Updated: Jan 18
One thing we haven't discussed, however, are the literal creative spaces we cultivate.
The desks where we do our doodles.
The workshops where we bring projects to life.
The studios where we make our messy magick.
I appreciate that not everyone has an actual, physical, dedicated creative space.
Given the variety of our living situations, financial situations, time constraints, etc, it may not be practical for you.
For most of my life, I've been art-ing wherever I can: at the kitchen table, on the back porch, on the floor of my bedroom. I imagine many of you can relate.
In the last 10 years, I've moved 8 times, and was only able to bring with me what art supplies I could stuff into a plastic toolbox I'd bought in high school. (Later, I would pare that down to what I could fit in a shoe box in my suitcase.)
But whether we're creating at a desk, a workbench, a card table in the corner of the living room, or a full-fledged studio our creating spaces can be highly personal.
That's why, much like a nosy neighbor peeking over the fence, I'm fascinated by other artist's workspaces.
We've all got different organizational systems and styles. We've all got different working strategies. Some of us are cleaner or messier than others. We have different tricks for keeping track of ideas and maintaining inspiration & motivation.
I don't know about you, but I never tire of a good-old voyeristic studio tour.
And so, if you are likewise interested, I thought I'd interview a couple of friends about their own studios and making-spaces.
First up is painter, collage-maker, and all-around color-slinger Dayna J. Collins.
I first met Dayna at the Reuse Rumble, a community event that promoted waste reduction and creative reuse through game-show-like art competitions. By the end of the evening, Dayna and two other contestants had created epic tacky Christmas sweaters using bags of mystery materials... and had me modeling one for the audience.
Dayna's an effervescent and passionate artist, shining her light through a kaleidoscope that, personally, I can't get enough of.
But without further ado, let's get to the studio!
What are your studio must-haves?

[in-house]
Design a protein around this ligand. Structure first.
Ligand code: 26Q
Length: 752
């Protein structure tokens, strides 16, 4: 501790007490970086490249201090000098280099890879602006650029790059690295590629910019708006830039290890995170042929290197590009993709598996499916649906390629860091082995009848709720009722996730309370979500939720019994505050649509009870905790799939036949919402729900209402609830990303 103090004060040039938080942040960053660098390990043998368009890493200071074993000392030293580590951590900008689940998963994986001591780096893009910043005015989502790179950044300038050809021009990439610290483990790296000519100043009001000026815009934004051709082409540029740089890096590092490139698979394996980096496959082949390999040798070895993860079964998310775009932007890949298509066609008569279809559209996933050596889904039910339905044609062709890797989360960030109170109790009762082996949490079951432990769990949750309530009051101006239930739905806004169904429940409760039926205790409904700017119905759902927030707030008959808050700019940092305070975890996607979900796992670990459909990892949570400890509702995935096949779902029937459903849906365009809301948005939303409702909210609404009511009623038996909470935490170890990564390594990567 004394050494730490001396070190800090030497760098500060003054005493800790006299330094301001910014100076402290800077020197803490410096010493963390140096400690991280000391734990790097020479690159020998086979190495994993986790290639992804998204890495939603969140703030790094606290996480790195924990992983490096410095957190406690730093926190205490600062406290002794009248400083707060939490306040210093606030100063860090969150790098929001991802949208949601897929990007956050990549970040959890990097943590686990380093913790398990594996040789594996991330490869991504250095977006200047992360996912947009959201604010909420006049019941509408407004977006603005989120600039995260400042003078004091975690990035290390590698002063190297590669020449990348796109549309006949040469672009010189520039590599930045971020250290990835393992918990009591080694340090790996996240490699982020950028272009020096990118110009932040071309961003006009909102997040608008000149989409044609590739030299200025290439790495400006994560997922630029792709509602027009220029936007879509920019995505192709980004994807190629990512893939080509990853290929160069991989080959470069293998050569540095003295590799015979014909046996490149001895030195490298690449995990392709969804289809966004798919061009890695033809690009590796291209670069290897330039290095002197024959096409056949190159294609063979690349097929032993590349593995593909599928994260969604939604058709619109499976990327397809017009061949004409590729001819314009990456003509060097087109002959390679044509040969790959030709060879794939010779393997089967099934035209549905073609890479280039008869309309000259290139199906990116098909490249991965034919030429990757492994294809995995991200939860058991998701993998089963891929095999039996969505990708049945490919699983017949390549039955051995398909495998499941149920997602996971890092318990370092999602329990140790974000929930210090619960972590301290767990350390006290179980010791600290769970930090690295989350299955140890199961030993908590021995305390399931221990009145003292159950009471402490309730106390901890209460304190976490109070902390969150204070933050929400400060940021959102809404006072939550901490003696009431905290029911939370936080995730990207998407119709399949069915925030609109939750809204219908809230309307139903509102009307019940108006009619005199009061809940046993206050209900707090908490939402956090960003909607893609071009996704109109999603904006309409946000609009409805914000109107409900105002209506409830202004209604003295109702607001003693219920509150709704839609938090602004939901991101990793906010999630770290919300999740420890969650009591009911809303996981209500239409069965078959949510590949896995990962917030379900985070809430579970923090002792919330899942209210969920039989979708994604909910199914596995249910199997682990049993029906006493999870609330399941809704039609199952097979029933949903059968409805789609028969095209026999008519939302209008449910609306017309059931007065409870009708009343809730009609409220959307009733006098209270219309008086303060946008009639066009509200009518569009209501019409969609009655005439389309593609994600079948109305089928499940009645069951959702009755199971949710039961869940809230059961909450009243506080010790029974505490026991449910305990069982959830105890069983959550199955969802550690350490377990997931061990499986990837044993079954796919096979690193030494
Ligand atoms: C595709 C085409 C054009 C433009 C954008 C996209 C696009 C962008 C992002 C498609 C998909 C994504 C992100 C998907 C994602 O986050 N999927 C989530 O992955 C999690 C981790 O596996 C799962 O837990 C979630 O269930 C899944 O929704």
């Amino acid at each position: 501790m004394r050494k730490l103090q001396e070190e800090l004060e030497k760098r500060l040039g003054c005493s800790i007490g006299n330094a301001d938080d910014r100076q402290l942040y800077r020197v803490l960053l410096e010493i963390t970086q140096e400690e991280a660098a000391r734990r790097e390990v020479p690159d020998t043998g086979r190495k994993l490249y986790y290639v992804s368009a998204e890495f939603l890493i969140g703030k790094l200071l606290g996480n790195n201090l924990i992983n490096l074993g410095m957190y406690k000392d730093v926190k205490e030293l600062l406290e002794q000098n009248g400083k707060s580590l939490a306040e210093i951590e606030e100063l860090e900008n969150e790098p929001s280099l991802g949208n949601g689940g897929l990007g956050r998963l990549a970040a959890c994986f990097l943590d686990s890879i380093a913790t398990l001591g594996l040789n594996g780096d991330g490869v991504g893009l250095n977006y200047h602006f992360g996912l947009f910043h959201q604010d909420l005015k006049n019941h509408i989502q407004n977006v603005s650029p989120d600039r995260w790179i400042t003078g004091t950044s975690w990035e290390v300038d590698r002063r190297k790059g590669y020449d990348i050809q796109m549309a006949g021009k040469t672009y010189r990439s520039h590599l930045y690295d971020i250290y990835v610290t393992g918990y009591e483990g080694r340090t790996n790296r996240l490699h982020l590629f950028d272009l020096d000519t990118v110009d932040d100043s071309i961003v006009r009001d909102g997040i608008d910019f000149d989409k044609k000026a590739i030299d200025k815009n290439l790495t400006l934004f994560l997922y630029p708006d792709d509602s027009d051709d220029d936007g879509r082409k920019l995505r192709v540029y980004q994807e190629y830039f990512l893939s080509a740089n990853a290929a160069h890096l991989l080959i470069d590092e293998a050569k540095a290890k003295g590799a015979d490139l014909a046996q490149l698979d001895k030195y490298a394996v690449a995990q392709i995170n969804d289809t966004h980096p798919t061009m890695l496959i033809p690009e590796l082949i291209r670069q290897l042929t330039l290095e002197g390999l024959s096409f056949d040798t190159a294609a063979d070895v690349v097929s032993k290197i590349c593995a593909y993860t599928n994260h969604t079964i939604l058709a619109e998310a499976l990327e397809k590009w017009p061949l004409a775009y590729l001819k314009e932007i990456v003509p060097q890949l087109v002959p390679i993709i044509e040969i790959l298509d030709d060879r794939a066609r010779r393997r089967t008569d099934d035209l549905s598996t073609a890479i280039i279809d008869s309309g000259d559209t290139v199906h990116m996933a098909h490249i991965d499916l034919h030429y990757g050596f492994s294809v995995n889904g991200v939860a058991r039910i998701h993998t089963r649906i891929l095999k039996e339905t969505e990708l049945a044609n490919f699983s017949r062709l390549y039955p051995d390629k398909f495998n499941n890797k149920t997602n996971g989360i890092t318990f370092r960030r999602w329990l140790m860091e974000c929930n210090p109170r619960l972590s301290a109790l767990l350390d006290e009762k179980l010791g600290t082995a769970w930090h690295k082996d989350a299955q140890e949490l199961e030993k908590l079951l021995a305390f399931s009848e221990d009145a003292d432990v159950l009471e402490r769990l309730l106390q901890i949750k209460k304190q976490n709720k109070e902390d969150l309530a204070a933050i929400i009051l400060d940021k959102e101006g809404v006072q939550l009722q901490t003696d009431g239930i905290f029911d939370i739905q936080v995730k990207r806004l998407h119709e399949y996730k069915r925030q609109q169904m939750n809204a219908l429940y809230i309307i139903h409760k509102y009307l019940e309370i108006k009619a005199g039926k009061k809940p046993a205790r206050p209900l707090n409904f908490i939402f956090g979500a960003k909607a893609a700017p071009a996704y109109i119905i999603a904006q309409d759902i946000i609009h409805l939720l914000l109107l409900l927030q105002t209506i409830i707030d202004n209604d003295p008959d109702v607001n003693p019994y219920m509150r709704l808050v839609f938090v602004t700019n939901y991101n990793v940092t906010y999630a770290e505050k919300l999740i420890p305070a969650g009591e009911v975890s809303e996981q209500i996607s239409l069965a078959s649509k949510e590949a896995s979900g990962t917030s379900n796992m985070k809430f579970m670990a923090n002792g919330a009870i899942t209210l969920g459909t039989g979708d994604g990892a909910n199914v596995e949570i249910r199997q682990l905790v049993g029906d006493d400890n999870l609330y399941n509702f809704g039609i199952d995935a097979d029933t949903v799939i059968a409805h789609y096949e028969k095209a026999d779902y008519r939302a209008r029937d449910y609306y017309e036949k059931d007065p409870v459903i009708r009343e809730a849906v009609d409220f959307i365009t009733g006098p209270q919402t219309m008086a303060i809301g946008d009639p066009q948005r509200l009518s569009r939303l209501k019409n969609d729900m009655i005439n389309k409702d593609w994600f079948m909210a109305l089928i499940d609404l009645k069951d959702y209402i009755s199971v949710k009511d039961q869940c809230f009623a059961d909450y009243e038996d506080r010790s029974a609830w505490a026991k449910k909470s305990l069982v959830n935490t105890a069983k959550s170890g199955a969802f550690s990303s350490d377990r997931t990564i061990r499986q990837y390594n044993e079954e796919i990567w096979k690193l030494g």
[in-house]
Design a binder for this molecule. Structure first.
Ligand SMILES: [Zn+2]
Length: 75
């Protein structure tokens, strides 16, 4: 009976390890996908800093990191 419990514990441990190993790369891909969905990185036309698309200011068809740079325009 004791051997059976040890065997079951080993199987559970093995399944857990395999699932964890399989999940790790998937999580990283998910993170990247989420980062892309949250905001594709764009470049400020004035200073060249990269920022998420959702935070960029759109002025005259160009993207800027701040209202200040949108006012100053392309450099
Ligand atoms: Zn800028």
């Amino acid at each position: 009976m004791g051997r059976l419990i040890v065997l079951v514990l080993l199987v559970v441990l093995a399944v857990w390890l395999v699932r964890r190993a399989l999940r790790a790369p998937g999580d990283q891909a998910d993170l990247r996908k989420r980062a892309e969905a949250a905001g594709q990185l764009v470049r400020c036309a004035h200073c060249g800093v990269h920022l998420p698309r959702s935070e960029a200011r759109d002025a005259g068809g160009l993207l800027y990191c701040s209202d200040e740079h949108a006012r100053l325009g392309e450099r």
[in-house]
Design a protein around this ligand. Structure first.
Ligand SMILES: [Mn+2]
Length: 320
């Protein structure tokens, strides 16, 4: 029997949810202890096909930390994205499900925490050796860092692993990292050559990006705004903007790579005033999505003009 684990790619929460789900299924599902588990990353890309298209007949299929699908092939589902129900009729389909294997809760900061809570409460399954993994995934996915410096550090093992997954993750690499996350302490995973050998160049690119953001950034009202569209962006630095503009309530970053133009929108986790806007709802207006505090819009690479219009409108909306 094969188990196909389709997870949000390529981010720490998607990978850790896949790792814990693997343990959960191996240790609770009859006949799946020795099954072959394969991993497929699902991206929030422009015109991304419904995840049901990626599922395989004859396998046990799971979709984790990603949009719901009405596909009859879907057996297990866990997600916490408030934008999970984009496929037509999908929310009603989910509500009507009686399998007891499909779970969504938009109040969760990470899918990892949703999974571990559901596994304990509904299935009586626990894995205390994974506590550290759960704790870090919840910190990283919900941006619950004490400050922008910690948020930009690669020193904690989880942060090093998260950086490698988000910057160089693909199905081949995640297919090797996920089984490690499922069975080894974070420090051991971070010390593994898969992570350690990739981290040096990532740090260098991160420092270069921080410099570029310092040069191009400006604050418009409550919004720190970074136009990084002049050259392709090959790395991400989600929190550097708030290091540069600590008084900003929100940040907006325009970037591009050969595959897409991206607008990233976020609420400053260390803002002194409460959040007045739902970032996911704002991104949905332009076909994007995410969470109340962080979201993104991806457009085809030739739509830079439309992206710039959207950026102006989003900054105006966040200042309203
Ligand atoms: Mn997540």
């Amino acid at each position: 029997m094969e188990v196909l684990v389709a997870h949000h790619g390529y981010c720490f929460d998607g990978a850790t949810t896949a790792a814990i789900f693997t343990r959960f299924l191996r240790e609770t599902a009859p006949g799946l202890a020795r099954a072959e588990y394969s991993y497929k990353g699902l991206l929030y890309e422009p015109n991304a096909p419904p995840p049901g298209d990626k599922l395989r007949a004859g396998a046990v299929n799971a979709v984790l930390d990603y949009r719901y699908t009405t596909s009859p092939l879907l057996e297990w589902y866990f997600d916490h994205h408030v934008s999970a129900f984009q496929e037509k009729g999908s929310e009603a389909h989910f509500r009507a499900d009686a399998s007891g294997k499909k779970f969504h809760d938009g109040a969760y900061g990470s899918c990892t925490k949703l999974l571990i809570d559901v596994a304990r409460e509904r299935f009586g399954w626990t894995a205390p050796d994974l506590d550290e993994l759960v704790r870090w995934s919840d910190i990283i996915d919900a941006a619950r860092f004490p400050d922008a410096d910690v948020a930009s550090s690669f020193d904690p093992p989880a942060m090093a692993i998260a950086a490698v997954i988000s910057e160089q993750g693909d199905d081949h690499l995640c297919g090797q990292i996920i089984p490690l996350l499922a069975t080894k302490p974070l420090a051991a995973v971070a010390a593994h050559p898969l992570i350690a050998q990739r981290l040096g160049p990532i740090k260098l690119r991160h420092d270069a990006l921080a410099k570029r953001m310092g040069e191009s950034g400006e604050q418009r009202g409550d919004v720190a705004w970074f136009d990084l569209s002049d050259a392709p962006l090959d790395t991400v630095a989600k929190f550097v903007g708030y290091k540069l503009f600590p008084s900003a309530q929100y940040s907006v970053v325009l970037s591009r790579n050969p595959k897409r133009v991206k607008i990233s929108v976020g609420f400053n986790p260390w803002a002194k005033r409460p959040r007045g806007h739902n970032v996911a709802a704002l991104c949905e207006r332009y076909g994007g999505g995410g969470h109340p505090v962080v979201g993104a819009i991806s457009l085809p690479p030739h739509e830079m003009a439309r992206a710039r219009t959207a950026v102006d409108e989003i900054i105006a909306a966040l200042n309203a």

"A standing work space is essential, with my tools close at hand, and visible as much as possible."
Dayna makes a point of noting that her custom work bench is a DIY-job, put together using plastic garage shelving and an old, solid door. Tres chic.
"Bins, bins, bins. Stacking and flat bins, without lids, so I can easily see what is in the bin and reach in and grab what I'm looking for. I also use tins and ceramic vases to store tools upright, again, so my tools are visible and accessible."
She notes that good lighting is a must and good music, too!
"Music that is energetic and danceable; it helps me work loose and free."
What's an absolute no-go in your space?
"No TV, movies, or any kind of screens as it stymies my creativity."
The only exception, she says, is when she's doing what she calls "scut work." When she's sanding boards, taping edges, or working on other repetitive tasks, "then I might put on a show to help pass the time."
What's your organization style?
"When I'm working 'in the zone,' creating without too much thought, I make a huge mess," she says. Don't we all?
"But when I finish a project or even finish after a successful day, I almost always tidy up in preparation for my next session."
You're doing better than me, Dayna!
How do you use your space to stay inspired?
"I have so many ways to stay inspired!"
In addition to collecting inspiration when she's out and about, Dayna also surrounds herself with "functional stuff," including notes about her ideas and color recipes.
She surrounds her space with postcards from art museums or shows, and hangs photos of her past work.
" They remind me of what was successful and I can use them as a stepping stone to new work."
You can see more of Dayna's technicolor works at www.daynacollins.com.
Thanks for the tour, Dayna!
Are you inspired to re-think your creative space? What are your must-haves?